Carmelo Anthony’s New York nightmare came to a sudden -– and surprising -– end on Saturday when the Knicks traded the ten-time All-Star to the Thunder for Enes Kanter, Doug McDermott, and a second-round draft pick. Oklahoma City had not been among Melo’s preferred destinations until very recently, and he had to waive his no-trade clause and his $8.1 million trade kicker to facilitate the deal. Yes, you read that correctly. Anthony actually paid money to leave Madison Avenue and move to a city where many people have more belt buckles than hair follicles. (I’m not saying they’re all bald; I’m saying they have a lot of belt buckles.)
Anthony will now team up with 2017 NBA MVP Russell Westbrook and three-time All NBA Third Teamer Paul George for his first bona fide shot at a title. Never before in his professional career has Anthony been flanked by so much talent or been required to do so little heavy-lifting to elevate his team. “Russ was a big reason why I wanted to come here,” he told reporters during OKC’s Media Day on Monday. “To see his loyalty to the city, to this organization, what he was able to do on the court. I wanted to be a part of that.”
This weekend’s trade may have been between the Knicks and Thunder, but it has implications that go far beyond both franchises. Let’s examine the true winners and losers from the blockbuster transaction, and set the odds on how things will shake out now that Melo has changed zip codes.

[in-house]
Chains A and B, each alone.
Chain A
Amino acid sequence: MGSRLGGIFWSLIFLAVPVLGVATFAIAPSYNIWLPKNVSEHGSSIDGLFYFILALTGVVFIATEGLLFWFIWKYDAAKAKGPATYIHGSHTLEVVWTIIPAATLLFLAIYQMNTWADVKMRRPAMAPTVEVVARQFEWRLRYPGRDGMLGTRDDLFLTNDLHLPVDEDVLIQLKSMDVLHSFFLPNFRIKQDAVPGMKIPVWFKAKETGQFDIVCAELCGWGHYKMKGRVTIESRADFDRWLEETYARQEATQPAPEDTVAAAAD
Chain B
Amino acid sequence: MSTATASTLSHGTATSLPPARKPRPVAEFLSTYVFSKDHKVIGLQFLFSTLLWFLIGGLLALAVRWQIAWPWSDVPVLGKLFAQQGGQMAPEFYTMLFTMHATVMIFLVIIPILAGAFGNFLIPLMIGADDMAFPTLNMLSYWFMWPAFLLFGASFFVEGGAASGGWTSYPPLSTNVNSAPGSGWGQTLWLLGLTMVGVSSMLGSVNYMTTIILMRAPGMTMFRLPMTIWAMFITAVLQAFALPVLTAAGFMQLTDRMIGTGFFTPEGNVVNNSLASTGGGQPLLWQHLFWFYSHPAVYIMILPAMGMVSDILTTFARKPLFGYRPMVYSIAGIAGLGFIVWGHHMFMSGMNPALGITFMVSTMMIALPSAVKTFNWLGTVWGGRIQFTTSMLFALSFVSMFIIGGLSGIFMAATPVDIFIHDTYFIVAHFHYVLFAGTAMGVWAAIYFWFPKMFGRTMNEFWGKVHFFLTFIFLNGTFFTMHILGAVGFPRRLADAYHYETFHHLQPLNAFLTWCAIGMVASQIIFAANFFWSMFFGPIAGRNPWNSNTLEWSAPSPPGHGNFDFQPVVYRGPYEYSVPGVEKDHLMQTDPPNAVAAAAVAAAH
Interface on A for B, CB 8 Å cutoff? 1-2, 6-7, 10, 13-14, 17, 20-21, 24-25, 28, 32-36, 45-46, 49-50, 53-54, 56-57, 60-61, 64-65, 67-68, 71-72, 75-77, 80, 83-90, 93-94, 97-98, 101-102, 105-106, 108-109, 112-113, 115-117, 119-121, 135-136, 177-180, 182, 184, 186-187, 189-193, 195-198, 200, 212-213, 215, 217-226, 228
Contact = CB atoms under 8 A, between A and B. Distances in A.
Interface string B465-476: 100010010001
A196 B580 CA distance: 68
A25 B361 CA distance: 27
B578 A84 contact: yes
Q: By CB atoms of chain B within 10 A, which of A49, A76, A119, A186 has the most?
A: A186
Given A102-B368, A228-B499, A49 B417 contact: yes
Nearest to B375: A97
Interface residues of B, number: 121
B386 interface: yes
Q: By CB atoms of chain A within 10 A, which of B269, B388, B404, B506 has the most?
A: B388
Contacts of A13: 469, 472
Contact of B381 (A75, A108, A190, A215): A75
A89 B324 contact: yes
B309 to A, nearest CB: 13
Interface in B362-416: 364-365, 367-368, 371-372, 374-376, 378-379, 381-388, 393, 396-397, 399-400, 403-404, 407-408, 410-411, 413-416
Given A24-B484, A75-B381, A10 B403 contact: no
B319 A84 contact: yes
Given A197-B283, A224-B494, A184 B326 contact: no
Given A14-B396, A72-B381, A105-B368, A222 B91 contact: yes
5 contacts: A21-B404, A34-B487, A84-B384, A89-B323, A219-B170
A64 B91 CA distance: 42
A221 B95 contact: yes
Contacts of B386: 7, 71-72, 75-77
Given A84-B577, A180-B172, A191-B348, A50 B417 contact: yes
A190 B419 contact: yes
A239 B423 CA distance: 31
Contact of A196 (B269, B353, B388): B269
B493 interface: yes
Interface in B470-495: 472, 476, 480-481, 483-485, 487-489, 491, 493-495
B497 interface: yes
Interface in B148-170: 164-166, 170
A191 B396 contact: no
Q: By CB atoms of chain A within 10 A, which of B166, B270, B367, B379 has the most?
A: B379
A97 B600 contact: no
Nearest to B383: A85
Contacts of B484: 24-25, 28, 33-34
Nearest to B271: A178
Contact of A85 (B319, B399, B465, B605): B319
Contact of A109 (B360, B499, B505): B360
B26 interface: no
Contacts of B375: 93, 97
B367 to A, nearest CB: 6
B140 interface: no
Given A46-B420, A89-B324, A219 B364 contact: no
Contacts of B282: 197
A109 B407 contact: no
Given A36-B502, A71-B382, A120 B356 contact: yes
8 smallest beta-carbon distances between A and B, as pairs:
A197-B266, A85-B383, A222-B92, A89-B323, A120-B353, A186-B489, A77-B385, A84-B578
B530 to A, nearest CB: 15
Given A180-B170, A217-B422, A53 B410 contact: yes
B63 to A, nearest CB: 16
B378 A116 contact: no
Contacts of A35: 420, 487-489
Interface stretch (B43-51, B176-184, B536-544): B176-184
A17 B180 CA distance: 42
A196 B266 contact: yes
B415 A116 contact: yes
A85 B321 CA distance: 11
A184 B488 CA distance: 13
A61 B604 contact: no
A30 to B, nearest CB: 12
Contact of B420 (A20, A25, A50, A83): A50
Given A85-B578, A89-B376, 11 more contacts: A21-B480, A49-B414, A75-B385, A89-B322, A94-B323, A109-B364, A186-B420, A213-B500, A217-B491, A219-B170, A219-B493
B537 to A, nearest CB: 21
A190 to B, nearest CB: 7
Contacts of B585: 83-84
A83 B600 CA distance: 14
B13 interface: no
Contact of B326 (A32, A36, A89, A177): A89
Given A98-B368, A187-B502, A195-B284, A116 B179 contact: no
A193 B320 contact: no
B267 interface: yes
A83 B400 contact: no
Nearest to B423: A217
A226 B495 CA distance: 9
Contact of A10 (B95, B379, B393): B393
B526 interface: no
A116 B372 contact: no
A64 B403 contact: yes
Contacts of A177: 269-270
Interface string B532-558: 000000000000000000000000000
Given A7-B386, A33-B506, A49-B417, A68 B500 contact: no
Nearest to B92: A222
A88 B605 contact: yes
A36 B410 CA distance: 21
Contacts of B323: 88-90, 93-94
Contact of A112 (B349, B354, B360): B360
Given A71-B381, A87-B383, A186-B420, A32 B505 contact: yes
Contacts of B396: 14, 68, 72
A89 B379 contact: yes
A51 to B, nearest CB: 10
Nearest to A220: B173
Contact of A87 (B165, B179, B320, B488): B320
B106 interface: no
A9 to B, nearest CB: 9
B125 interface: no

So much for there being no second acts in American lives. Anthony will have a chance to prove his critics (and F. Scott Fitzgerald) wrong in OKC, where he’ll team up with Westbrook and George to form one of the most potent trios in NBA history. This is easily the most talented NBA roster Melo has been part of, and it presents him with his best chance of winning an elusive championship. If he does, he’ll be able to rewrite his personal narrative and prove that his lost seasons in New York were due to mediocre teammates and poor management, instead of his supposedly eroding skillset. Even Fitzgerald would approve of an ending like that.
Odds Carmelo Anthony will win his first NBA championship in 2017-18: 12/1
The OKC Thunder
The Thunder still won’t be favored to knock off the Golden State Warriors, but they’ve certainly narrowed the talent gap. Bovada bumped up Oklahoma City’s title odds from +2500 to +1200 following the trade and sportsbooks clearly believe that Melo can be a major difference-maker. The question for OKC is what version of Melo will they get? Will they get the selfish, morose star who dribbles the air out of the ball and breaks out in hives when he’s asked to play defense? Or will they get Olympic Melo, the team-first playmaker who moves the ball, bangs the glass, and is automatic from behind the arc? The answer to that question will determine whether the Thunder are competing in the Western Conference Finals in June.